January 3, 2014 / 11:10 AM / 7 years ago

Italy, Spain December inflation underlines price weakness

A woman shops at a supermarket in Milan, September 5, 2012. REUTERS/Stefano Rellandini

ROME (Reuters) - Consumer inflation in Italy eased slightly in December on an annual basis and remained stable in Spain, according to preliminary data on Friday which highlighted concern at continuing weakness in prices in the euro zone.

European Central Bank President Mario Draghi said at the weekend that the ECB wanted to ensure that inflation in the euro zone did not drift into what he called a “danger zone” below one percent.

But with both Italy and Spain struggling to emerge from recession, the data underlined the sickly state of their economies with consumer spending held back by soaring unemployment and declining incomes.

Annual Italian EU-harmonised consumer price inflation (HICP) for December declined to 0.6 percent from 0.7 percent in November, slightly under a forecast for a 0.7 percent rise in a Reuters survey of analysts. Over the year as a whole, the average inflation rate dropped to 1.3 percent, compared with 3.3 percent in 2012, statistics agency ISTAT said.

Month-on-month, prices showed a 0.3 percent rise on an EU-harmonised basis, compared with a -0.3 percent drop the month before, the data showed.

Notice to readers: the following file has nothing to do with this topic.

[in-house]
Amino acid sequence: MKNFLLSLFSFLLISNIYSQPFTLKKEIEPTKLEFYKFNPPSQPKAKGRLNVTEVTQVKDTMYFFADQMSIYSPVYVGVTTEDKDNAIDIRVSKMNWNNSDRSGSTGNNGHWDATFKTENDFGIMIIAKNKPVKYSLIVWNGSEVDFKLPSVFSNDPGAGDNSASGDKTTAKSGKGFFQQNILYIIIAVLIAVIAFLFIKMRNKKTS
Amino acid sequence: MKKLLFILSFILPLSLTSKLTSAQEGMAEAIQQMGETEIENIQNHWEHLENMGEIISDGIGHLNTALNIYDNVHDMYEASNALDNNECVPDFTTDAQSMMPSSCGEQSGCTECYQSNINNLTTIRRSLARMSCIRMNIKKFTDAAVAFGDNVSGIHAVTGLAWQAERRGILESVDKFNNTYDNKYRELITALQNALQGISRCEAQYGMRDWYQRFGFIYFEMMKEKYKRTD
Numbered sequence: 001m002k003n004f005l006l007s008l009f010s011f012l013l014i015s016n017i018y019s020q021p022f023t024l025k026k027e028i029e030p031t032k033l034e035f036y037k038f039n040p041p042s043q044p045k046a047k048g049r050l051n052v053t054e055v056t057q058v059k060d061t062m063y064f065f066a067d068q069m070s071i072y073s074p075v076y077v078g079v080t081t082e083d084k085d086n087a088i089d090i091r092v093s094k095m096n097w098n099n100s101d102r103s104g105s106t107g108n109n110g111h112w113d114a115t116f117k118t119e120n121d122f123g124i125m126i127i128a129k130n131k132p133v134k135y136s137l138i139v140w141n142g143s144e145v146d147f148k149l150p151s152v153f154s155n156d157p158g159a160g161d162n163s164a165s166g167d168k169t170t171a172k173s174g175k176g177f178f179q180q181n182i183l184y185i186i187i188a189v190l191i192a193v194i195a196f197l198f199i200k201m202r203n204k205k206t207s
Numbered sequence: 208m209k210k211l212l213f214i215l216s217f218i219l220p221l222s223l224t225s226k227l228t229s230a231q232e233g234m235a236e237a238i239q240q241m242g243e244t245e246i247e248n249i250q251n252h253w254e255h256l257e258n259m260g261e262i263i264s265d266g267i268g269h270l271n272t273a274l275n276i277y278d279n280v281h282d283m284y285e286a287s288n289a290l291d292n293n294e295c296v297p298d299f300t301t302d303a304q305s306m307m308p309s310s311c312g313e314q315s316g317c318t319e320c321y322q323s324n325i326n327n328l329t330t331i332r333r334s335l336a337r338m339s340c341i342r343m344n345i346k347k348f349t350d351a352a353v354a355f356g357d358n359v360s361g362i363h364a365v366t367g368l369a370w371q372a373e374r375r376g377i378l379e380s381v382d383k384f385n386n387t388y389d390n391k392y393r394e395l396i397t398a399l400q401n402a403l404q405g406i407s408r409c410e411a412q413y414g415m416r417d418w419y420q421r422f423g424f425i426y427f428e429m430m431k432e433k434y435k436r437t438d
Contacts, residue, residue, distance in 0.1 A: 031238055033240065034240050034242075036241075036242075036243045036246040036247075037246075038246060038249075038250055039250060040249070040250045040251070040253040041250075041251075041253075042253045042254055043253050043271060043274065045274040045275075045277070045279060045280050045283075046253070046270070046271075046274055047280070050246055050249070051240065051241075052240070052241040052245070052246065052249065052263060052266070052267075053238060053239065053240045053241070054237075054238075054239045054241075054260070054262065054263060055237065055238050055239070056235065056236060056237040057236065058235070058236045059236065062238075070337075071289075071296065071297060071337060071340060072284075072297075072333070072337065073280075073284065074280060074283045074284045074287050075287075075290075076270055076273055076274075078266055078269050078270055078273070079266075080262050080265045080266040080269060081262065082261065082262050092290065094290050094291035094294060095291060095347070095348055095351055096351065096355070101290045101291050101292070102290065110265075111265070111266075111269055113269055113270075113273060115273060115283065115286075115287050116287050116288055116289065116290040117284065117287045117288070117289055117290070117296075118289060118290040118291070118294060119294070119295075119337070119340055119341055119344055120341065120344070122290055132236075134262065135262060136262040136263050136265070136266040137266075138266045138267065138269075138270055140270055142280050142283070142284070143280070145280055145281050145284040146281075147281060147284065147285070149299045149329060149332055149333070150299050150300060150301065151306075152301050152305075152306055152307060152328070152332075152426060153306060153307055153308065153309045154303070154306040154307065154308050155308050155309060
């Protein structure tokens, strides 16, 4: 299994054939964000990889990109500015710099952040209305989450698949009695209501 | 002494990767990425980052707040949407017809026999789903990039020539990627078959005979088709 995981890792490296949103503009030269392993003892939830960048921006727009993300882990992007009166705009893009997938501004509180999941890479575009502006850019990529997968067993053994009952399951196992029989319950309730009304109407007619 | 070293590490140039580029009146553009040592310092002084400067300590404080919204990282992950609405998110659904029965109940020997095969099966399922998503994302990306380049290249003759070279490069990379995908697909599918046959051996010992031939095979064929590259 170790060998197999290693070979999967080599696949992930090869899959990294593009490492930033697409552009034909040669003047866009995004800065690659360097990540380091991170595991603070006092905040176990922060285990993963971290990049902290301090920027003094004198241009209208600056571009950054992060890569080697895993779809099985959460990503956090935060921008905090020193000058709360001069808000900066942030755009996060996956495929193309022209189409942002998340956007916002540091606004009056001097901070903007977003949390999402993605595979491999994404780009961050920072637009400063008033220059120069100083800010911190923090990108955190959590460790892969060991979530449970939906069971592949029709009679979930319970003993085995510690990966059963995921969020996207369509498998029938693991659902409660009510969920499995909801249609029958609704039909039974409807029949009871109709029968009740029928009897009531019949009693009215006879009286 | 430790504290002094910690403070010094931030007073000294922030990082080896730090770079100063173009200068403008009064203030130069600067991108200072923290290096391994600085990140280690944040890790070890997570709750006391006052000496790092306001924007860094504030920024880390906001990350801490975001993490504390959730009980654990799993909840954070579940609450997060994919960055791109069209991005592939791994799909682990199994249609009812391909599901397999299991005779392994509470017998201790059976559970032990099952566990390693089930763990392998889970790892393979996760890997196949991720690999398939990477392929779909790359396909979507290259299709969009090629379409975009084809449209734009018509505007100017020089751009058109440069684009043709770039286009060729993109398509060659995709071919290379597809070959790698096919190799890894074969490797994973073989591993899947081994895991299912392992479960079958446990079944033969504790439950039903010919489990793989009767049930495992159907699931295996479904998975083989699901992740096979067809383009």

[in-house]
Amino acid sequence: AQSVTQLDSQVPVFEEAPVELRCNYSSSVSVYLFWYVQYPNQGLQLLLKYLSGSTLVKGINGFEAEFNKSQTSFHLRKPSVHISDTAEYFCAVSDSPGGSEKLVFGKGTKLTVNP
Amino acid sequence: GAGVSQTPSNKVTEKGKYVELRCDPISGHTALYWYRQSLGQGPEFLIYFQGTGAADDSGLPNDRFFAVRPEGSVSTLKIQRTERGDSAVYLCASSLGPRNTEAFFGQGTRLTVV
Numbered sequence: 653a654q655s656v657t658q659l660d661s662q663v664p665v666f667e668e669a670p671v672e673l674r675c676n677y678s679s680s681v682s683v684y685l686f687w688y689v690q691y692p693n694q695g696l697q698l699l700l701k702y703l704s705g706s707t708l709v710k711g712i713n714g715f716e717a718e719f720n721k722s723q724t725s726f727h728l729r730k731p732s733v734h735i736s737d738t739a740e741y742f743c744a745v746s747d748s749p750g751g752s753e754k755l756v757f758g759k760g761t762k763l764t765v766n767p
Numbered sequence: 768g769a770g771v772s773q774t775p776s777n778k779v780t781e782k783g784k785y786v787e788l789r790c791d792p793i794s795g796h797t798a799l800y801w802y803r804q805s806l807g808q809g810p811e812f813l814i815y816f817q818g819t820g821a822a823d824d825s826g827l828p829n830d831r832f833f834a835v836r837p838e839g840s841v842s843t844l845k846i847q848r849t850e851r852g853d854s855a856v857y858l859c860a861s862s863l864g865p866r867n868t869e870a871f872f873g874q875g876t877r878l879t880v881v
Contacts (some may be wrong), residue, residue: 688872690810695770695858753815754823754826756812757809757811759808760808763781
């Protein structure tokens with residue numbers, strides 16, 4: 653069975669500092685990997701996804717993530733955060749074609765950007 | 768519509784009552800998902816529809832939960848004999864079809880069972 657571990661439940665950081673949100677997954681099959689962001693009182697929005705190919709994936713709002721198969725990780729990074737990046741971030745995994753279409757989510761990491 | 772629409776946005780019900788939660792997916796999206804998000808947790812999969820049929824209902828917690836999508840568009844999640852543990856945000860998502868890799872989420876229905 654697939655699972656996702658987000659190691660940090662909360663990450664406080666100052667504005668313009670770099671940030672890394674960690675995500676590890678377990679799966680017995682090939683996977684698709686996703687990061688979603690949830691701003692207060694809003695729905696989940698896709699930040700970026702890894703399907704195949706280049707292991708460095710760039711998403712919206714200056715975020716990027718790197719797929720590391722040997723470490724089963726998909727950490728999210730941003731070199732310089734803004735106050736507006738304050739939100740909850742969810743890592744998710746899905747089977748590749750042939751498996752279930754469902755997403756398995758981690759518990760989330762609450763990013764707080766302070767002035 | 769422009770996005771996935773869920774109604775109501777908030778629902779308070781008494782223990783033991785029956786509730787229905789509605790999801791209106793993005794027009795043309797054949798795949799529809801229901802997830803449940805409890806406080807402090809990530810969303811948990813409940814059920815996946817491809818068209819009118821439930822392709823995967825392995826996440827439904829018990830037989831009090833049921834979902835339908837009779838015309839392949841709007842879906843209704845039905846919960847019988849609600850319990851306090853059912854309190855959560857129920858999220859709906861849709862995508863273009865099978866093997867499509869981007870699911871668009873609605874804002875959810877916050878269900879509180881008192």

The figures came after Spain’s National Statistics Institute (INE) reported that Spanish EU-harmonised consumer prices rose by 0.3 percent year-on-year in December, compared with a Reuters forecast of 0.4 percent and previous reading of 0.3 percent.

INE data also showed Spain’s national consumer price index rose by 0.2 percent in December on an annual basis, the same rate as in the previous month.

On average of the whole of 2013, the Italian data showed decelerating prices in almost all segments, underlining the sluggishness across the Italian economy.

Prices for transport services rose 1.2 percent over the year against a 6.5 percent rise in 2012, housing and utilities prices rose 2 percent against a 7.1 percent rise in the previous year and food prices rose 2.2 percent against 2.6 percent the previous year.

Reporting by James Mackenzie and Elizabeth O'Leary; Editing by Giles Elgood

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